Finite Geometry
Org:
Tim Alderson (UNB) and
Brett Stevens (Carleton)
[
PDF]
 TIM ALDERSON, University of New Brunswick Saint John
$t$Extensions of Linear Codes [PDF]

For $n\geq k$, an $(n,k,d)_q$code $C$ is a collection of
$q^k$ $n$tuples (or codewords) over an alphabet ${\mathcal{A}}$ of
size $q$ such that the minimum (Hamming) distance between any two
codewords of $C$ is $d$. For such a code, the Singleton bound $\left(
\displaystyle
C\leq {\mathcal{A}}^{nd+1}
\right)$
gives $d\leq nk+1$. The Singleton defect of $C$, $S(C)$,
is defined by $S(C)=nk+1d$. A code $C'$ obtained by deleting
some fixed $ t $ coordinates from each codeword of $C$ is called a
$ t ${punctured code} of $C$. In the case that $S(C')=S(C)$, $C$
is said to be a $ t $extension of $C'$, equivalently, $C'$ is
said to be extendable to the code $C$. A code is
maximal if it admits no extensions.
In this talk I shall discuss the question of nonlinear $ t $extendability of linear codes, and describe some recent progress obtained by utilizing the AldersonBruenSilverman (ABS) model of linear codes. Some open problems will also be presented.
 AIDEN BRUEN, Carleton University
An extension of Desargues Theorem [PDF]

The celebrated theorem of Desargues asserts that if two triangles are in perspective the intersections of corresponding sides are collinear. Here we outline a new result on the intersections of the noncorresponding sides.
Time permitting a connection between Desargues and graph theory is described [joint work with Dr. Trevor Bruen and Professor McQuillan].
 JAMES MCQUILLAN, Western Illinois University
Desargues configurations with selfconjugate points [PDF]

Desargues theorem states that, if two triangles are in perspective from a point, then the intersections of the corresponding sides are collinear. The associated 10 points and 10 lines form a Desargues configuration. We consider Desargues configurations in a projective plane over a field, and the unique polarity associated with a Desargues configuration. We focus on selfconjugate points in a Desargues configuration. Interestingly, fields of characteristic 2 and 3 both play special roles. This is joint work with Professor Aiden Bruen, Carleton University.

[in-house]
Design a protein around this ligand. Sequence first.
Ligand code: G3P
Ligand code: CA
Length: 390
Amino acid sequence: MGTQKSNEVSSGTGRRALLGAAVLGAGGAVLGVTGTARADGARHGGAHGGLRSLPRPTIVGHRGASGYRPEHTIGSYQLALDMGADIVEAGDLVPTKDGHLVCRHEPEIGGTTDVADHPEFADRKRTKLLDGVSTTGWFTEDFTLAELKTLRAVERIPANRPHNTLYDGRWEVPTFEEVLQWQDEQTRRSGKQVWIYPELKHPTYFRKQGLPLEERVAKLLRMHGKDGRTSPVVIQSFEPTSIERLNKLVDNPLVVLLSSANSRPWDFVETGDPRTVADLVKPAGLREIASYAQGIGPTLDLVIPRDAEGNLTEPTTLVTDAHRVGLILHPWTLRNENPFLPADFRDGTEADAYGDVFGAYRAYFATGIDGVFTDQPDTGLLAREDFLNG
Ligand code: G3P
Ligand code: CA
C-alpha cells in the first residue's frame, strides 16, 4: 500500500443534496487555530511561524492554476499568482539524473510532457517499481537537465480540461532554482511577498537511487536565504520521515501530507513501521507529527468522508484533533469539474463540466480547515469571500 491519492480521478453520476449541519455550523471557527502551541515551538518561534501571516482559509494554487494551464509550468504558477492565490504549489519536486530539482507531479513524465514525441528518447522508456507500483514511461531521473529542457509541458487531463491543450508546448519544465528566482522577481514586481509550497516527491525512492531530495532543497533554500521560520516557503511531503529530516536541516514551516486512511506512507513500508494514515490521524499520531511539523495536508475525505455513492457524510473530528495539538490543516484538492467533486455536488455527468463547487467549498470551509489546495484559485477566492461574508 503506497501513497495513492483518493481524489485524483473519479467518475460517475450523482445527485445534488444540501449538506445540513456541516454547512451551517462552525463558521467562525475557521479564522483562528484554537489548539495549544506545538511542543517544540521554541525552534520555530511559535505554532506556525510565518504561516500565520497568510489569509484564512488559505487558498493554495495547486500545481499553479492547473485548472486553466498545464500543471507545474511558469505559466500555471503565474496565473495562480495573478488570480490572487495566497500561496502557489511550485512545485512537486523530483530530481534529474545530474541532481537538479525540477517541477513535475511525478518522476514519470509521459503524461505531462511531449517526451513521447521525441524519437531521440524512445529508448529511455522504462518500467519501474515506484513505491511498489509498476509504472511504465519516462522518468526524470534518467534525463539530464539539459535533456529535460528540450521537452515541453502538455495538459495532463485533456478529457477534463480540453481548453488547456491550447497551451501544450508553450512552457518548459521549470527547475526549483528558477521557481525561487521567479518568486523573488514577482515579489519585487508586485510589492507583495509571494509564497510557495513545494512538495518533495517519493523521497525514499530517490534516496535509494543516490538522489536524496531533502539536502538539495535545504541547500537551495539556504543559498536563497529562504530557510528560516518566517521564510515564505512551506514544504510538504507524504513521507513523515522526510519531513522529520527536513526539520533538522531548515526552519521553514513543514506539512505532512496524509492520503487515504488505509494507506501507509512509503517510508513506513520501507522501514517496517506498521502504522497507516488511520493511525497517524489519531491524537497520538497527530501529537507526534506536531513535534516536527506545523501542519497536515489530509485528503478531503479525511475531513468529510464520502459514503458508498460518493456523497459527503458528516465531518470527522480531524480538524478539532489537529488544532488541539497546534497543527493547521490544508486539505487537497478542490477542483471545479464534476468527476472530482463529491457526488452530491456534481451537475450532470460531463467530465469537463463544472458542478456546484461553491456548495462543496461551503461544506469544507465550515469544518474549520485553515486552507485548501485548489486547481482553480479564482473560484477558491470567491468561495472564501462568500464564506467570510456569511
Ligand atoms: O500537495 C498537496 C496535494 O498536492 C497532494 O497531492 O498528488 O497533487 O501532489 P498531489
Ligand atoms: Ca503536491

JOHN SHEEKEY, University College Dublin
Finite Geometry and RankMetric Codes [PDF]

It is well known that there is a correspondence between codes in the hamming metric and sets of points in a projective space, where weights of codewords correspond to intersection properties of this set with hyperplanes. In the extremal case, we have the classical correspondence between MDS codes and arcs.
Codes in the rankmetric have been studied since Delsarte (1978) and Gabidulin (1985), but have had increased attention in recent years due to potential applications in Network Coding and Codebased Cryptography.
In this talk we outline a natural correspondence between codes in the rankmetric and linear sets in a projective space. Linear sets have been studied in finite geometry for the past 20 years. These two topics have developed independently until recently, so there are various results and techniques in each which translate to interesting and nontrivial results in the other. We will present recent results and open problems arising from this new correspondence.
 BRETT STEVENS, Carleton University
Affine planes with ovals for blocks [PDF]

A beautiful theorem states that the reverse of a line in the Singer Cycle presentation of a projective plane is an oval. This implies that for every Desarguesian projective plane there is a companion plane all of whose blocks are ovals in the first. This fact has been exploited to construct a family of very efficient strength 3 covering arrays. We show that there exist pairs of Desarguesian affine planes whose blocks are ovals in the other plane for any order a power of 2. These can also be used to construct efficient covering arrays.
 DAVID WEHLAU, Royal Military College
Planes, Division Sequences and ZZtopes [PDF]

We consider the algebraic closure $F$ of the field of order $p$ as an infinite dimensional vector space over the prime field. A natural problem in representation theory leads to the question of describing the two dimensional subspaces of $F$. In particular, we wish to describe the orbits of these planes under the natural action of the nonzero scalars $F^*$. The solution to this problem leads to an infinite sequence of polynomials for each prime $p$. These polynomials have a number of remarkable properties. Studying these polynomials reveals deep connections with number theory and combinatorics.
Joint work with H.E.A. Campbell, University of New Brunswick
© Canadian Mathematical Society